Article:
Hungary: With Hungary’s growing textile industry, the Hungarian Society of Textile Technology and Science promoted optimal sewing processes by providing accredited adult education programmes at clothing factories. Since the start of the programme, the society has organised training courses at 13 factory sites for 128 trainees.
Ireland: The Innovation in Business Centre in Castlebar organises an annual event, the Spirit of Entrepreneurship, to encourage and promote entrepreneurship. It attracted over 400 people last year.
Latvia: The entrepreneur board game ‘Time for Business’ was created to attract children and young people into business. The game was successfully launched with support from the University of Latvia. Over 1,000 units of the game have been created and sold.
Malta: The ‘Grand Tour of Taste 2011’ was designed to promote small businesses such as restaurants and local wine producers. This was an excellent showcase for the culture and cuisine of Malta and Gozo, resulting in coverage across national and pan-European media.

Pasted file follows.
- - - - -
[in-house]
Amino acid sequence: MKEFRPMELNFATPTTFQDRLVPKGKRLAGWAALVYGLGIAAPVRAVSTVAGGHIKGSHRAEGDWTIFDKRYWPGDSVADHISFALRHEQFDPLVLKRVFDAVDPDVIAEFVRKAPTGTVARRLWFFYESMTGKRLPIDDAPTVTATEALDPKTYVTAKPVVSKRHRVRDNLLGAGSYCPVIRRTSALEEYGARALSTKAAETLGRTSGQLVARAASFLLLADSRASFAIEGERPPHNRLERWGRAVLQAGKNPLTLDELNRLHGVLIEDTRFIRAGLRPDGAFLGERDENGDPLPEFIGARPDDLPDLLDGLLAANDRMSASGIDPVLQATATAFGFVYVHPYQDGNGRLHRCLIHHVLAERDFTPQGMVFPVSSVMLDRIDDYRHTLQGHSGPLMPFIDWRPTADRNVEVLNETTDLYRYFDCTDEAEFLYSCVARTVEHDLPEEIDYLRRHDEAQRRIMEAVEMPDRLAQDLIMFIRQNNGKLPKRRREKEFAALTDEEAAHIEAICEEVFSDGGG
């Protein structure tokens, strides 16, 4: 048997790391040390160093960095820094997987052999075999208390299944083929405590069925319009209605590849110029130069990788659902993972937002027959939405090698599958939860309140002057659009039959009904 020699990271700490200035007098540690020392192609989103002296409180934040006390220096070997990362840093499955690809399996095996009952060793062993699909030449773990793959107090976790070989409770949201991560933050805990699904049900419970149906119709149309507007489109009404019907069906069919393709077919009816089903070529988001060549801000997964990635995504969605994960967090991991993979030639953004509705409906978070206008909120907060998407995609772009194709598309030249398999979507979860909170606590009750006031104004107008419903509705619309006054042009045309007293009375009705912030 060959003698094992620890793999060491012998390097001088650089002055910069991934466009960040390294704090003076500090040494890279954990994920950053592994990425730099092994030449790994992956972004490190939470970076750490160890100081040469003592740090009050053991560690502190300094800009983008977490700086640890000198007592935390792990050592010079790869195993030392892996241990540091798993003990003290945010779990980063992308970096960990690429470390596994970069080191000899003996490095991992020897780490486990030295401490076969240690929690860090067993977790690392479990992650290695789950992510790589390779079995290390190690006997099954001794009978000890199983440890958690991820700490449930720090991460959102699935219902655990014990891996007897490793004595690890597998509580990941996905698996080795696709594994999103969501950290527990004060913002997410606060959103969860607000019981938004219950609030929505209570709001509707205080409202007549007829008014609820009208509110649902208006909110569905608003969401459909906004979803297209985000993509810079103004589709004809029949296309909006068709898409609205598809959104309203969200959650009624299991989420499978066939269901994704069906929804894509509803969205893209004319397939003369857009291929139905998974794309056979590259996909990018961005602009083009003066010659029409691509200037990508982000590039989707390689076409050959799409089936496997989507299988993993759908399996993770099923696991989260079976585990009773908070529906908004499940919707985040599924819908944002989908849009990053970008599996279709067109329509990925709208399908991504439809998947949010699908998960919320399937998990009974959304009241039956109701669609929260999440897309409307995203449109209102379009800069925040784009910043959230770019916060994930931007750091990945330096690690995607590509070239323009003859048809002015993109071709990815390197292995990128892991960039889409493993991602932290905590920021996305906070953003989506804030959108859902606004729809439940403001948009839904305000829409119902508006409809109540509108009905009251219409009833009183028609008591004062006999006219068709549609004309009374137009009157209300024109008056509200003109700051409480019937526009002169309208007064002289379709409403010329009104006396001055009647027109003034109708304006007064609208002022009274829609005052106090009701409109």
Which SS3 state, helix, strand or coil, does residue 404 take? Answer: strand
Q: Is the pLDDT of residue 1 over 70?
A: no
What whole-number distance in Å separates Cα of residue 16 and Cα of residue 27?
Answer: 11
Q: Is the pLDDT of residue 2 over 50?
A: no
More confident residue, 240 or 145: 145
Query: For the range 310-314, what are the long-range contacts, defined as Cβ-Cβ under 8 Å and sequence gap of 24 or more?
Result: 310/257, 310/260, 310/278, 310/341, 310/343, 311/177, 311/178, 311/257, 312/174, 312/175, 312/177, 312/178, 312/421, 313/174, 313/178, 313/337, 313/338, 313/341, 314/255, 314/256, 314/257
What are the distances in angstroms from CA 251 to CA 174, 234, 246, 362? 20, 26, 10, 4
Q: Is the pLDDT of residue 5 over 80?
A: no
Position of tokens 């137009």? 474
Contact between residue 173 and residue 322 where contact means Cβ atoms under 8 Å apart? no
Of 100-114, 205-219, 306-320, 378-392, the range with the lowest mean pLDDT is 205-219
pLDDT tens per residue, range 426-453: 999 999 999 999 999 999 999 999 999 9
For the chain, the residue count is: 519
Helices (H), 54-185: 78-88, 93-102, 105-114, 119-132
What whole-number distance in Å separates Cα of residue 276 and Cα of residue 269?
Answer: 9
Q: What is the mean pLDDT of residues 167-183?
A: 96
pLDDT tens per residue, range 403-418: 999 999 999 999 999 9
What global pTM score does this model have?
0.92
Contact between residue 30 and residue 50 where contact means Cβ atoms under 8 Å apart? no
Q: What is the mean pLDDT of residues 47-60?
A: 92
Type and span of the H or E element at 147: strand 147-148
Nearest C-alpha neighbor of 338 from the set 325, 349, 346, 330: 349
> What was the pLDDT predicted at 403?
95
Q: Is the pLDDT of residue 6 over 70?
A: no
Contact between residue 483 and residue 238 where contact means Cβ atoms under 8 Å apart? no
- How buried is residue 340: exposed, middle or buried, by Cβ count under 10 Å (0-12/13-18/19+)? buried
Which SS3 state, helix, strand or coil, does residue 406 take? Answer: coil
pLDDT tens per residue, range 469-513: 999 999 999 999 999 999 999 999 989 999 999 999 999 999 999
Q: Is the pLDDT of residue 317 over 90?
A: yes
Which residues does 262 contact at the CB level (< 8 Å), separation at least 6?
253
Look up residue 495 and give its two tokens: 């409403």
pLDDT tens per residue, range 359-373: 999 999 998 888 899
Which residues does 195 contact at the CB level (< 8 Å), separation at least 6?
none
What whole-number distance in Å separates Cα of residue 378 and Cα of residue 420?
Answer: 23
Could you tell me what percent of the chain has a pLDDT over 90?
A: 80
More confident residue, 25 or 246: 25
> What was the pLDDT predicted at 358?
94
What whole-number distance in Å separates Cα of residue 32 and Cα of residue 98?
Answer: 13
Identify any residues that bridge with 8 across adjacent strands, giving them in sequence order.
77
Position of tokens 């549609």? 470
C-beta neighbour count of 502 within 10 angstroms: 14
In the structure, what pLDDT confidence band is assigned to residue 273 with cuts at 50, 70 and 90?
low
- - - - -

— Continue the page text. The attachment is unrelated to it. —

Netherlands: Yes!Delft created the entrepreneurial development programme, YES!Pro, which provided intensive training for young entrepreneurs. Within seven years YES!Delft has helped to launch 100 companies.
Poland: The Economics and Services School Complex started a project to support the entrepreneurial activities of students by enabling them to operate businesses such as a catering company and a training shop.
Romania: The CIBIB was founded with the purpose of developing entrepreneurship among young people and provides education, internships and vocational training.
Serbia: Since 2005 the Faculty of Technical Arts has been supporting the Best Technology Innovation Competition (BTIC) with the aim of promoting innovation within the Hi-Tech sector. The project has led to 65 newly established high-tech companies.
Spain: The Vitamin E project invests in the next generation of entrepreneurs in Castilla and Leon by providing teaching materials to pupils from primary school to baccalaureate level. The project has benefited over 162,000 pupils in the region.